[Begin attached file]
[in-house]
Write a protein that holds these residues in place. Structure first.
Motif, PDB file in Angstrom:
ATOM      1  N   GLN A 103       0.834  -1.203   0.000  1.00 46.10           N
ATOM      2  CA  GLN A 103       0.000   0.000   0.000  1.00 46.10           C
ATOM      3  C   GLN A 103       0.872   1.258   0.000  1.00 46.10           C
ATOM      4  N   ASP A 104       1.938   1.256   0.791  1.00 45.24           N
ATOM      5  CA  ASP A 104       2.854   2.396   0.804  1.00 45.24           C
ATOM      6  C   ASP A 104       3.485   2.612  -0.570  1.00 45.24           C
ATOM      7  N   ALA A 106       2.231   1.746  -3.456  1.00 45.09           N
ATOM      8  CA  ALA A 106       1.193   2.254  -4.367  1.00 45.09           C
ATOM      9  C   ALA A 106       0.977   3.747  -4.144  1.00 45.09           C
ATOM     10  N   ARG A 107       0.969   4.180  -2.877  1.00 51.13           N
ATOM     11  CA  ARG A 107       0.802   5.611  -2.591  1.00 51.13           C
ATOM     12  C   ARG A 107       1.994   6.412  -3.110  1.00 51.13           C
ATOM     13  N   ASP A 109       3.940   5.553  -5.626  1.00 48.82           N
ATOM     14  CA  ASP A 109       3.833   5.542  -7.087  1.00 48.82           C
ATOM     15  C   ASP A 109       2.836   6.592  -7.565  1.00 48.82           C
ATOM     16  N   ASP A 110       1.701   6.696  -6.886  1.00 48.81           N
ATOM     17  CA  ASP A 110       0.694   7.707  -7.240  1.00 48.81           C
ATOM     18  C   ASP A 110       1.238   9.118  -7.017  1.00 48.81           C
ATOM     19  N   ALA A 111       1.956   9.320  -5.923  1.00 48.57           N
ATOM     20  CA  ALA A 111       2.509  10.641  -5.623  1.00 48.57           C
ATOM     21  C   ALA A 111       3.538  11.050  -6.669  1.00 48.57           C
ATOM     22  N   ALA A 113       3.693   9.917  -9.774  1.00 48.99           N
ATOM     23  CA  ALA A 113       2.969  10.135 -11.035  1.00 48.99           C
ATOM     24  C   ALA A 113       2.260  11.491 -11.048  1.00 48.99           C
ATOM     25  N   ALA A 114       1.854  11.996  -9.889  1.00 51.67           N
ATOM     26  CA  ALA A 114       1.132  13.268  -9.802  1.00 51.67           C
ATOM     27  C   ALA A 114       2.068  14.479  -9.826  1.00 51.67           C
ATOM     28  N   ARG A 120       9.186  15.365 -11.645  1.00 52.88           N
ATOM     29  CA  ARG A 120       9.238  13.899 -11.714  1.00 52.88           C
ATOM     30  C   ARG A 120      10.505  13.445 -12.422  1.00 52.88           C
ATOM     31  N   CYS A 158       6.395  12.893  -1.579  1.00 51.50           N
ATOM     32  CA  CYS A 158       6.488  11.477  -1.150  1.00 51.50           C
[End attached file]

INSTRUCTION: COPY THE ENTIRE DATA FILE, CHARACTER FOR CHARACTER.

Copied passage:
[in-house]
Write a protein that holds these residues in place. Structure first.
Motif, PDB file in Angstrom:
ATOM      1  N   GLN A 103       0.834  -1.203   0.000  1.00 46.10           N
ATOM      2  CA  GLN A 103       0.000   0.000   0.000  1.00 46.10           C
ATOM      3  C   GLN A 103       0.872   1.258   0.000  1.00 46.10           C
ATOM      4  N   ASP A 104       1.938   1.256   0.791  1.00 45.24           N
ATOM      5  CA  ASP A 104       2.854   2.396   0.804  1.00 45.24           C
ATOM      6  C   ASP A 104       3.485   2.612  -0.570  1.00 45.24           C
ATOM      7  N   ALA A 106       2.231   1.746  -3.456  1.00 45.09           N
ATOM      8  CA  ALA A 106       1.193   2.254  -4.367  1.00 45.09           C
ATOM      9  C   ALA A 106       0.977   3.747  -4.144  1.00 45.09           C
ATOM     10  N   ARG A 107       0.969   4.180  -2.877  1.00 51.13           N
ATOM     11  CA  ARG A 107       0.802   5.611  -2.591  1.00 51.13           C
ATOM     12  C   ARG A 107       1.994   6.412  -3.110  1.00 51.13           C
ATOM     13  N   ASP A 109       3.940   5.553  -5.626  1.00 48.82           N
ATOM     14  CA  ASP A 109       3.833   5.542  -7.087  1.00 48.82           C
ATOM     15  C   ASP A 109       2.836   6.592  -7.565  1.00 48.82           C
ATOM     16  N   ASP A 110       1.701   6.696  -6.886  1.00 48.81           N
ATOM     17  CA  ASP A 110       0.694   7.707  -7.240  1.00 48.81           C
ATOM     18  C   ASP A 110       1.238   9.118  -7.017  1.00 48.81           C
ATOM     19  N   ALA A 111       1.956   9.320  -5.923  1.00 48.57           N
ATOM     20  CA  ALA A 111       2.509  10.641  -5.623  1.00 48.57           C
ATOM     21  C   ALA A 111       3.538  11.050  -6.669  1.00 48.57           C
ATOM     22  N   ALA A 113       3.693   9.917  -9.774  1.00 48.99           N
ATOM     23  CA  ALA A 113       2.969  10.135 -11.035  1.00 48.99           C
ATOM     24  C   ALA A 113       2.260  11.491 -11.048  1.00 48.99           C
ATOM     25  N   ALA A 114       1.854  11.996  -9.889  1.00 51.67           N
ATOM     26  CA  ALA A 114       1.132  13.268  -9.802  1.00 51.67           C
ATOM     27  C   ALA A 114       2.068  14.479  -9.826  1.00 51.67           C
ATOM     28  N   ARG A 120       9.186  15.365 -11.645  1.00 52.88           N
ATOM     29  CA  ARG A 120       9.238  13.899 -11.714  1.00 52.88           C
ATOM     30  C   ARG A 120      10.505  13.445 -12.422  1.00 52.88           C
ATOM     31  N   CYS A 158       6.395  12.893  -1.579  1.00 51.50           N
ATOM     32  CA  CYS A 158       6.488  11.477  -1.150  1.00 51.50           C